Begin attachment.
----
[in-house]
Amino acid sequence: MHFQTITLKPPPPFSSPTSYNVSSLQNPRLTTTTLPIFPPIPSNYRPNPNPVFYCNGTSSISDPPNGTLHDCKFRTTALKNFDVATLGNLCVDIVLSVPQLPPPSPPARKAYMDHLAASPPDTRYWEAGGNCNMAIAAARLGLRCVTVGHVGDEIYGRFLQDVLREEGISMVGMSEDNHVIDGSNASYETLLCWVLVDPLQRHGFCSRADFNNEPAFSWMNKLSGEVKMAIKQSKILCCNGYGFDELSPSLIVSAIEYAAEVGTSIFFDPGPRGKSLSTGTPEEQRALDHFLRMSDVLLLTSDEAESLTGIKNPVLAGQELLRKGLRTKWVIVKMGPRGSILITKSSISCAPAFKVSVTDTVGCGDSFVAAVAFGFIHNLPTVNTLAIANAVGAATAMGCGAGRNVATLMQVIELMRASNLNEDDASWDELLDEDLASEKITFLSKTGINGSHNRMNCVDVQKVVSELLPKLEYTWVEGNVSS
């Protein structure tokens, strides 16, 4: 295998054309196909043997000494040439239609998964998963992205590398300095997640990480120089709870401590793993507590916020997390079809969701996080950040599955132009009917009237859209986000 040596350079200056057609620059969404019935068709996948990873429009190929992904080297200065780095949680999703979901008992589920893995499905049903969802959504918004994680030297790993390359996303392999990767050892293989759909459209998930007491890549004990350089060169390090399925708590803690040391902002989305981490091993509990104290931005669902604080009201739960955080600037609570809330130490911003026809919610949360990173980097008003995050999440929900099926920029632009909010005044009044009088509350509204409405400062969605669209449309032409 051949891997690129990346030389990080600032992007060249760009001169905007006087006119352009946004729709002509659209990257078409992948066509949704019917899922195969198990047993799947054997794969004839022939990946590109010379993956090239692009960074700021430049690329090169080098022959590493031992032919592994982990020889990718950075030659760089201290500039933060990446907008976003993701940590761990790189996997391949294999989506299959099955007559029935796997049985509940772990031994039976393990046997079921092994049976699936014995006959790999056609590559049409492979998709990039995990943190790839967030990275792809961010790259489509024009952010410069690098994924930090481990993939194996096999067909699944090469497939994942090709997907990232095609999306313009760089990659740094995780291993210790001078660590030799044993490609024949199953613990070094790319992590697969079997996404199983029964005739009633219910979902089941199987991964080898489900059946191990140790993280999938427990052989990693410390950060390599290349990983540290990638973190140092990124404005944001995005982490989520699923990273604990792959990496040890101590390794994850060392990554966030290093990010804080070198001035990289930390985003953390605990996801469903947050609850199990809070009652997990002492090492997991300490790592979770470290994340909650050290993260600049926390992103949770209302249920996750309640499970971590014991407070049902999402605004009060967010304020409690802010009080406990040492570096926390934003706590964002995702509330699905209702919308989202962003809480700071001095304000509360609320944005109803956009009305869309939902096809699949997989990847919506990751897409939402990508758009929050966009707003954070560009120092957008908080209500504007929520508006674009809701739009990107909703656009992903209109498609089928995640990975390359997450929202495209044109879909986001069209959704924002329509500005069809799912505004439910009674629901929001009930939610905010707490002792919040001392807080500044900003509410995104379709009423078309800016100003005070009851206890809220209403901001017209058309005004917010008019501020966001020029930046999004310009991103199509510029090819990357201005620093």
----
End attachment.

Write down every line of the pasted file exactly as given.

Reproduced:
[in-house]
Amino acid sequence: MHFQTITLKPPPPFSSPTSYNVSSLQNPRLTTTTLPIFPPIPSNYRPNPNPVFYCNGTSSISDPPNGTLHDCKFRTTALKNFDVATLGNLCVDIVLSVPQLPPPSPPARKAYMDHLAASPPDTRYWEAGGNCNMAIAAARLGLRCVTVGHVGDEIYGRFLQDVLREEGISMVGMSEDNHVIDGSNASYETLLCWVLVDPLQRHGFCSRADFNNEPAFSWMNKLSGEVKMAIKQSKILCCNGYGFDELSPSLIVSAIEYAAEVGTSIFFDPGPRGKSLSTGTPEEQRALDHFLRMSDVLLLTSDEAESLTGIKNPVLAGQELLRKGLRTKWVIVKMGPRGSILITKSSISCAPAFKVSVTDTVGCGDSFVAAVAFGFIHNLPTVNTLAIANAVGAATAMGCGAGRNVATLMQVIELMRASNLNEDDASWDELLDEDLASEKITFLSKTGINGSHNRMNCVDVQKVVSELLPKLEYTWVEGNVSS
């Protein structure tokens, strides 16, 4: 295998054309196909043997000494040439239609998964998963992205590398300095997640990480120089709870401590793993507590916020997390079809969701996080950040599955132009009917009237859209986000 040596350079200056057609620059969404019935068709996948990873429009190929992904080297200065780095949680999703979901008992589920893995499905049903969802959504918004994680030297790993390359996303392999990767050892293989759909459209998930007491890549004990350089060169390090399925708590803690040391902002989305981490091993509990104290931005669902604080009201739960955080600037609570809330130490911003026809919610949360990173980097008003995050999440929900099926920029632009909010005044009044009088509350509204409405400062969605669209449309032409 051949891997690129990346030389990080600032992007060249760009001169905007006087006119352009946004729709002509659209990257078409992948066509949704019917899922195969198990047993799947054997794969004839022939990946590109010379993956090239692009960074700021430049690329090169080098022959590493031992032919592994982990020889990718950075030659760089201290500039933060990446907008976003993701940590761990790189996997391949294999989506299959099955007559029935796997049985509940772990031994039976393990046997079921092994049976699936014995006959790999056609590559049409492979998709990039995990943190790839967030990275792809961010790259489509024009952010410069690098994924930090481990993939194996096999067909699944090469497939994942090709997907990232095609999306313009760089990659740094995780291993210790001078660590030799044993490609024949199953613990070094790319992590697969079997996404199983029964005739009633219910979902089941199987991964080898489900059946191990140790993280999938427990052989990693410390950060390599290349990983540290990638973190140092990124404005944001995005982490989520699923990273604990792959990496040890101590390794994850060392990554966030290093990010804080070198001035990289930390985003953390605990996801469903947050609850199990809070009652997990002492090492997991300490790592979770470290994340909650050290993260600049926390992103949770209302249920996750309640499970971590014991407070049902999402605004009060967010304020409690802010009080406990040492570096926390934003706590964002995702509330699905209702919308989202962003809480700071001095304000509360609320944005109803956009009305869309939902096809699949997989990847919506990751897409939402990508758009929050966009707003954070560009120092957008908080209500504007929520508006674009809701739009990107909703656009992903209109498609089928995640990975390359997450929202495209044109879909986001069209959704924002329509500005069809799912505004439910009674629901929001009930939610905010707490002792919040001392807080500044900003509410995104379709009423078309800016100003005070009851206890809220209403901001017209058309005004917010008019501020966001020029930046999004310009991103199509510029090819990357201005620093």